Property Tax Working Group

For the 2023 General Assembly, I can think of no better New Year’s resolution than to finally reform Connecticut’s unfair, inefficient and burdensome property tax system.

Reform, not relief. Relief amounts to the adjustments and changes that occur from time to time — most of which, like those that were adopted during the 2022 legislative session with the PILOT program and the car tax, are positive — but they are not reform.

The Property Tax Working Group of 1,000 Friends of Connecticut, of which I am a member, has recently updated a comprehensive report on property tax reform — “Property Tax Reform: If Not Now When?” A major point in the report is that with the state’s unprecedented budget surplus, this is exactly the time to undertake fundamental reform through a rebalancing of the current system.

Rebalancing means reducing the burden of property taxes by changing the structure of the state-local fiscal relationship so that municipalities need to rely less on property taxes to fund essential needs. Our reform proposals would result in a reduction in property taxes for the vast majority of taxpayers and a fundamental rebalancing of the current system.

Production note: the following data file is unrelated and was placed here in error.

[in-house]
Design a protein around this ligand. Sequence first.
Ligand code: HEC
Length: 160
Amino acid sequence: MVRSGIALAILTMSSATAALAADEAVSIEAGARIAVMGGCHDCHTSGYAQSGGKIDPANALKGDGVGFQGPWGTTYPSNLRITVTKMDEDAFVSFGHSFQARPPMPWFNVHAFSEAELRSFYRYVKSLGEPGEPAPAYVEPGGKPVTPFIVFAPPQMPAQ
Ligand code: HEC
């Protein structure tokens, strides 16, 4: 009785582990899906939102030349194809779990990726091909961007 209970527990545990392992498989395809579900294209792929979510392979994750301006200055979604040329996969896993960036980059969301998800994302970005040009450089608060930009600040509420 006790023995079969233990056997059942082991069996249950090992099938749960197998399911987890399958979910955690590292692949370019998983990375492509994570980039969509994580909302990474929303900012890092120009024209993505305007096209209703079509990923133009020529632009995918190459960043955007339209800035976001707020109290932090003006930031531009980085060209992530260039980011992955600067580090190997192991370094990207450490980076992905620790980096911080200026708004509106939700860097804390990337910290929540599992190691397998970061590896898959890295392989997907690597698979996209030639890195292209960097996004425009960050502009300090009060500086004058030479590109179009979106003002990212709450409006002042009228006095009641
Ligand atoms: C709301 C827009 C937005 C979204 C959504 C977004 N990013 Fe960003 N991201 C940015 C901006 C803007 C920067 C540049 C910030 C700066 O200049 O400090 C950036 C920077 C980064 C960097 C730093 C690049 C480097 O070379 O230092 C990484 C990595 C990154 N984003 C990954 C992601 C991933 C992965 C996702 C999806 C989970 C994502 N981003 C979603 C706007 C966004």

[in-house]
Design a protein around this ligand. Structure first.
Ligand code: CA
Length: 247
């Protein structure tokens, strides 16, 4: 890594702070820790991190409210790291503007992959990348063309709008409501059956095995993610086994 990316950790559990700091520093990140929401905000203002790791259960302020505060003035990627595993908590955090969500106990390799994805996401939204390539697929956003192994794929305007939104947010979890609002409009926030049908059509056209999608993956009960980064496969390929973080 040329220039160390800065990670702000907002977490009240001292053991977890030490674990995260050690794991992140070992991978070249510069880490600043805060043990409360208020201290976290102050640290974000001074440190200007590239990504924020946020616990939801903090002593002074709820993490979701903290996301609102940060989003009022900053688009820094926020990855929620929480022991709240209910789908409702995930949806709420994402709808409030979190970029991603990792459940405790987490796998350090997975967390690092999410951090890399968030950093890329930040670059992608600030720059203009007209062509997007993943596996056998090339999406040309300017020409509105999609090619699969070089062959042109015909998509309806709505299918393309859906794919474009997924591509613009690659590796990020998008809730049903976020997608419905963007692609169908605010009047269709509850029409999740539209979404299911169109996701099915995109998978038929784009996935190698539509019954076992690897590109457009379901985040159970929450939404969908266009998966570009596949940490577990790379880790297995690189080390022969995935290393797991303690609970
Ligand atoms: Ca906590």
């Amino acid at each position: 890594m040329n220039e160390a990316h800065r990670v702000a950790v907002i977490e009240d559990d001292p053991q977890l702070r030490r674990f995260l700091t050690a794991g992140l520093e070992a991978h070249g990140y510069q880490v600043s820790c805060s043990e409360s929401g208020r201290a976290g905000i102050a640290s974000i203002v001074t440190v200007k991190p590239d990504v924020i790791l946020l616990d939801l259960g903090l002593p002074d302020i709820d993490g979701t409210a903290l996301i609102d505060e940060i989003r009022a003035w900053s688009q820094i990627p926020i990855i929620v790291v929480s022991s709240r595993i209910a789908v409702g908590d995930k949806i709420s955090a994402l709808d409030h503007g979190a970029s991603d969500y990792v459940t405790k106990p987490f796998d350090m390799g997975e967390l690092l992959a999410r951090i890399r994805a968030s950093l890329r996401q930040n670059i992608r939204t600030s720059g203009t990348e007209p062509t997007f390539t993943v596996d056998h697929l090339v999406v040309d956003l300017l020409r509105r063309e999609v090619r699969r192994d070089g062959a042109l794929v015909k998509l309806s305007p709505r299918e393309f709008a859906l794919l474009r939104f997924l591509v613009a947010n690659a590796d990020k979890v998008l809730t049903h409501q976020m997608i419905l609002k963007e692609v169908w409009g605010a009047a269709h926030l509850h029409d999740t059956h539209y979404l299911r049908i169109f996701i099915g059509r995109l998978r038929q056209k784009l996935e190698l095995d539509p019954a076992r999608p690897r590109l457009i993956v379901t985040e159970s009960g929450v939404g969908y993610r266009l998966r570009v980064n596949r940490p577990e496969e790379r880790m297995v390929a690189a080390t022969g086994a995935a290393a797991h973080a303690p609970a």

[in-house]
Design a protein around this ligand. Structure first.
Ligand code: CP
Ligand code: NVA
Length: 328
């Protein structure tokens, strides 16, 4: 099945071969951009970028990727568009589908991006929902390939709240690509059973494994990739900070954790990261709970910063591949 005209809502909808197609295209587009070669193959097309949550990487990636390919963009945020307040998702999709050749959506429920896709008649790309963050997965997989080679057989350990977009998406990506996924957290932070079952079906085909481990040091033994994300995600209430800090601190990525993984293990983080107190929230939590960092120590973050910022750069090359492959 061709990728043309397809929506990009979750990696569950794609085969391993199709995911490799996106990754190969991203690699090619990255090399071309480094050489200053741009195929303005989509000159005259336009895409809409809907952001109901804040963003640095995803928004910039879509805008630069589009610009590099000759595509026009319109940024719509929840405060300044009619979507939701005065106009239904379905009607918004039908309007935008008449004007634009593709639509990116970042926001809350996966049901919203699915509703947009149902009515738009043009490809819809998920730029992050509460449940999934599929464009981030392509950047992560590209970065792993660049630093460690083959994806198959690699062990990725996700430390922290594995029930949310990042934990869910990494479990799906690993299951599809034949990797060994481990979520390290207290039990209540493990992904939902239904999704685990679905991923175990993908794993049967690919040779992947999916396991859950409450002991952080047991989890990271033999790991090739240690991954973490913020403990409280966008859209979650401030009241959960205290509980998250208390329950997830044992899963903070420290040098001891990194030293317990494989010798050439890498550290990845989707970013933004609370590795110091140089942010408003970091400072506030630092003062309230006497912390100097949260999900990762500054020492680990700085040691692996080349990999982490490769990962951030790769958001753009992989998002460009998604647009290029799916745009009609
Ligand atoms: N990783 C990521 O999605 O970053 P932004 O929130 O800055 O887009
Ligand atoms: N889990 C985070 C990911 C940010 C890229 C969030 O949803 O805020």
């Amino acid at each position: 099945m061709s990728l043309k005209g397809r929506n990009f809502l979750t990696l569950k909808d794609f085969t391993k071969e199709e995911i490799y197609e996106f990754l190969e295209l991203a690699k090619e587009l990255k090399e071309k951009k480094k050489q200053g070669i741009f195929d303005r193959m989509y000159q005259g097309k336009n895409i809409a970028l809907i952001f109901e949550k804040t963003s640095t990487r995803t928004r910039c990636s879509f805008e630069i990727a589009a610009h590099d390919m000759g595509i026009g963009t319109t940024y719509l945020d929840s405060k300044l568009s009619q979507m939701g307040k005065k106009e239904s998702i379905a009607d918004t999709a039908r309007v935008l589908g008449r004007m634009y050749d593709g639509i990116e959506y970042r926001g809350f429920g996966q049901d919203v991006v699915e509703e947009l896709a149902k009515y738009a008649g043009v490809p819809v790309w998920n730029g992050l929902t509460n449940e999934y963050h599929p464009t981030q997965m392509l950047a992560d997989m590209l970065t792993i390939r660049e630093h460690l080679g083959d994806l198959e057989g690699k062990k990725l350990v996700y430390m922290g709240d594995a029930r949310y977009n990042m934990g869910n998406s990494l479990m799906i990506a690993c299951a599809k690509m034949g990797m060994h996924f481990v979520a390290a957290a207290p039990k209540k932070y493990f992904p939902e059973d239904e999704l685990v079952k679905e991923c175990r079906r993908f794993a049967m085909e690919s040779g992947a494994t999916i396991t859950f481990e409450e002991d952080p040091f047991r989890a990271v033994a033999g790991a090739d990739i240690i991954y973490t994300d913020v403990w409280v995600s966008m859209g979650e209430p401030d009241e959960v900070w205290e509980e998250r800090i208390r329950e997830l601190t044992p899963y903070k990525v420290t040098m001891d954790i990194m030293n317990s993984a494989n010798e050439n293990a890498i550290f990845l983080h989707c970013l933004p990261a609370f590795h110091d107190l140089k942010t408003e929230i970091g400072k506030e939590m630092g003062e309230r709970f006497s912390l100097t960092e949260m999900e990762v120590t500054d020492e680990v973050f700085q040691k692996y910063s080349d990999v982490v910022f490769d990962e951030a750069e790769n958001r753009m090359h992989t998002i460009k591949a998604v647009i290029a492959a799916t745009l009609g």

Connecticut consistently ranks in the top five property tax-dependent states in the nation. Moreover, our current system suffers from fundamental flaws that result in unneeded competition and fragmented service delivery between towns, flawed land use decisions, environmental compromises and a lack of equity that exacerbates economic, educational and racial divides.

Reform means that Connecticut must change a system where owners of property with similar values are taxed at different rates depending on which town they live in, and owners paying similar tax rates receive widely disparate services. In addition, low- and moderate-income households are subjected to far higher effective property tax rates than high-income households.

We further need to correct the needs-capacity gap for our municipalities and the cost-capacity gap for our schools. In both cases, it’s a question of a town’s ability to provide the general government operating costs and educational services that most people expect with the one revenue resource they have at their disposal — the property tax.

Making minor modifications to the state’s revenue stream while ignoring the failings in the property tax system is likely to undermine economic growth, worsen financial conditions and do nothing to lessen the fragmentation in the delivery of services. Rebalancing our tax system and ending our over-reliance on the property tax will encourage a robust economy fueled by increased demand for goods and services by low- and moderate-income families; effective local government; strong communities; quality education; and a healthy environment.

If Connecticut fails to address this all-important issue now — during a period of soaring budget surpluses — will it ever happen? Not likely.

John Filchak is Executive Director of the Northeastern Connecticut Council of Governments and a member of the Tax Policy Collaborative.